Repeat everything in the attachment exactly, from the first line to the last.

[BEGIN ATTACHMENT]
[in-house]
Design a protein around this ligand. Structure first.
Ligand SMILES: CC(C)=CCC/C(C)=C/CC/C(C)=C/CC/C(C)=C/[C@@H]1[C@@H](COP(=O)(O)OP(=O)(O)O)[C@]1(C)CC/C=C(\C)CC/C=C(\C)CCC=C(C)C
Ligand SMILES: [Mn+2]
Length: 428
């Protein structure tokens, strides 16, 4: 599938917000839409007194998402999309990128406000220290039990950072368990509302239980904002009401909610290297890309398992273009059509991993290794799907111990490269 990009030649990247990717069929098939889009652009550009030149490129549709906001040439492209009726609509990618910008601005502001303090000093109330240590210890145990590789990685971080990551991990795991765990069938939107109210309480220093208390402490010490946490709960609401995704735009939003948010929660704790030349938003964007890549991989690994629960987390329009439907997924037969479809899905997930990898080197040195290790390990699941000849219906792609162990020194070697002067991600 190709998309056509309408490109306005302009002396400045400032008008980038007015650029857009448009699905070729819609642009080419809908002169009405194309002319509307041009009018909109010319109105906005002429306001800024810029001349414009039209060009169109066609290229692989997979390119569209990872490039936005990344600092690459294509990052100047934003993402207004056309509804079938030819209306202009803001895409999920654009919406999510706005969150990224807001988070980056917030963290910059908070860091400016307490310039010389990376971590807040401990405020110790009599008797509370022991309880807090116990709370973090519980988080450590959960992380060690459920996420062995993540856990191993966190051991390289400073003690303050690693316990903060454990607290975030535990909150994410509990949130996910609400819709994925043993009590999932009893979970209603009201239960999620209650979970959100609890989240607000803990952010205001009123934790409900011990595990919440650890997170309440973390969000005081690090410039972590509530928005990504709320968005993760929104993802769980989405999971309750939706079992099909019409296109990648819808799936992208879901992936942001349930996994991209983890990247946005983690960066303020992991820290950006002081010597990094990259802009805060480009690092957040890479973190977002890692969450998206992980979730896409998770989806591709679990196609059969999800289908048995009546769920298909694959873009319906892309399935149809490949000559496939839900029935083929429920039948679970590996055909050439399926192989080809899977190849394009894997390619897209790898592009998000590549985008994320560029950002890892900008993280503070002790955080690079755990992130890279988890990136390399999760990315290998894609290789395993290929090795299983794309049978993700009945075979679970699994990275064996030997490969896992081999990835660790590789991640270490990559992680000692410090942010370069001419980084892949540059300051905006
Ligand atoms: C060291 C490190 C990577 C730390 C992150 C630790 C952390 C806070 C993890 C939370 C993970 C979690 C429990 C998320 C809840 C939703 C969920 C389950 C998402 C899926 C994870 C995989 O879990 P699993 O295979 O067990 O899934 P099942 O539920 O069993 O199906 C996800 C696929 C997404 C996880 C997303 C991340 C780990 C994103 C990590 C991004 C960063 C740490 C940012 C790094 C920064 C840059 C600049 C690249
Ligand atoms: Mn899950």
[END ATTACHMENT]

[in-house]
Design a protein around this ligand. Structure first.
Ligand SMILES: CC(C)=CCC/C(C)=C/CC/C(C)=C/CC/C(C)=C/[C@@H]1[C@@H](COP(=O)(O)OP(=O)(O)O)[C@]1(C)CC/C=C(\C)CC/C=C(\C)CCC=C(C)C
Ligand SMILES: [Mn+2]
Length: 428
């Protein structure tokens, strides 16, 4: 599938917000839409007194998402999309990128406000220290039990950072368990509302239980904002009401909610290297890309398992273009059509991993290794799907111990490269 990009030649990247990717069929098939889009652009550009030149490129549709906001040439492209009726609509990618910008601005502001303090000093109330240590210890145990590789990685971080990551991990795991765990069938939107109210309480220093208390402490010490946490709960609401995704735009939003948010929660704790030349938003964007890549991989690994629960987390329009439907997924037969479809899905997930990898080197040195290790390990699941000849219906792609162990020194070697002067991600 190709998309056509309408490109306005302009002396400045400032008008980038007015650029857009448009699905070729819609642009080419809908002169009405194309002319509307041009009018909109010319109105906005002429306001800024810029001349414009039209060009169109066609290229692989997979390119569209990872490039936005990344600092690459294509990052100047934003993402207004056309509804079938030819209306202009803001895409999920654009919406999510706005969150990224807001988070980056917030963290910059908070860091400016307490310039010389990376971590807040401990405020110790009599008797509370022991309880807090116990709370973090519980988080450590959960992380060690459920996420062995993540856990191993966190051991390289400073003690303050690693316990903060454990607290975030535990909150994410509990949130996910609400819709994925043993009590999932009893979970209603009201239960999620209650979970959100609890989240607000803990952010205001009123934790409900011990595990919440650890997170309440973390969000005081690090410039972590509530928005990504709320968005993760929104993802769980989405999971309750939706079992099909019409296109990648819808799936992208879901992936942001349930996994991209983890990247946005983690960066303020992991820290950006002081010597990094990259802009805060480009690092957040890479973190977002890692969450998206992980979730896409998770989806591709679990196609059969999800289908048995009546769920298909694959873009319906892309399935149809490949000559496939839900029935083929429920039948679970590996055909050439399926192989080809899977190849394009894997390619897209790898592009998000590549985008994320560029950002890892900008993280503070002790955080690079755990992130890279988890990136390399999760990315290998894609290789395993290929090795299983794309049978993700009945075979679970699994990275064996030997490969896992081999990835660790590789991640270490990559992680000692410090942010370069001419980084892949540059300051905006
Ligand atoms: C060291 C490190 C990577 C730390 C992150 C630790 C952390 C806070 C993890 C939370 C993970 C979690 C429990 C998320 C809840 C939703 C969920 C389950 C998402 C899926 C994870 C995989 O879990 P699993 O295979 O067990 O899934 P099942 O539920 O069993 O199906 C996800 C696929 C997404 C996880 C997303 C991340 C780990 C994103 C990590 C991004 C960063 C740490 C940012 C790094 C920064 C840059 C600049 C690249
Ligand atoms: Mn899950």